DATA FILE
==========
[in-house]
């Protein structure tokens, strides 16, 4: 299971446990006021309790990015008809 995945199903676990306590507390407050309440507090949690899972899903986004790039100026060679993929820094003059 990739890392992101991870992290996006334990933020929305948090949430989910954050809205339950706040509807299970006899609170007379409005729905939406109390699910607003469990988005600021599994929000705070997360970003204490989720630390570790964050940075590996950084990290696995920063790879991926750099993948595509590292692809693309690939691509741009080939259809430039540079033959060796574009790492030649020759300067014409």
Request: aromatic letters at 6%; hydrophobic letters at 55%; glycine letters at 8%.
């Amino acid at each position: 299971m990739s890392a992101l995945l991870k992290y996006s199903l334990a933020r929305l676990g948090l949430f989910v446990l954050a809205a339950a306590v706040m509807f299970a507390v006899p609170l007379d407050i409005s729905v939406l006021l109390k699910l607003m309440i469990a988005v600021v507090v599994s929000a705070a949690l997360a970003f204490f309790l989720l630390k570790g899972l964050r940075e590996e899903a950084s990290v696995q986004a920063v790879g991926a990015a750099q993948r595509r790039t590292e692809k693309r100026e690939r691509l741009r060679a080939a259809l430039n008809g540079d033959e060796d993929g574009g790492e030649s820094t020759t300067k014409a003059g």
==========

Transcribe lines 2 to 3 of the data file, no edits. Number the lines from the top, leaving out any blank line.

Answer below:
């Protein structure tokens, strides 16, 4: 299971446990006021309790990015008809 995945199903676990306590507390407050309440507090949690899972899903986004790039100026060679993929820094003059 990739890392992101991870992290996006334990933020929305948090949430989910954050809205339950706040509807299970006899609170007379409005729905939406109390699910607003469990988005600021599994929000705070997360970003204490989720630390570790964050940075590996950084990290696995920063790879991926750099993948595509590292692809693309690939691509741009080939259809430039540079033959060796574009790492030649020759300067014409």
Request: aromatic letters at 6%; hydrophobic letters at 55%; glycine letters at 8%.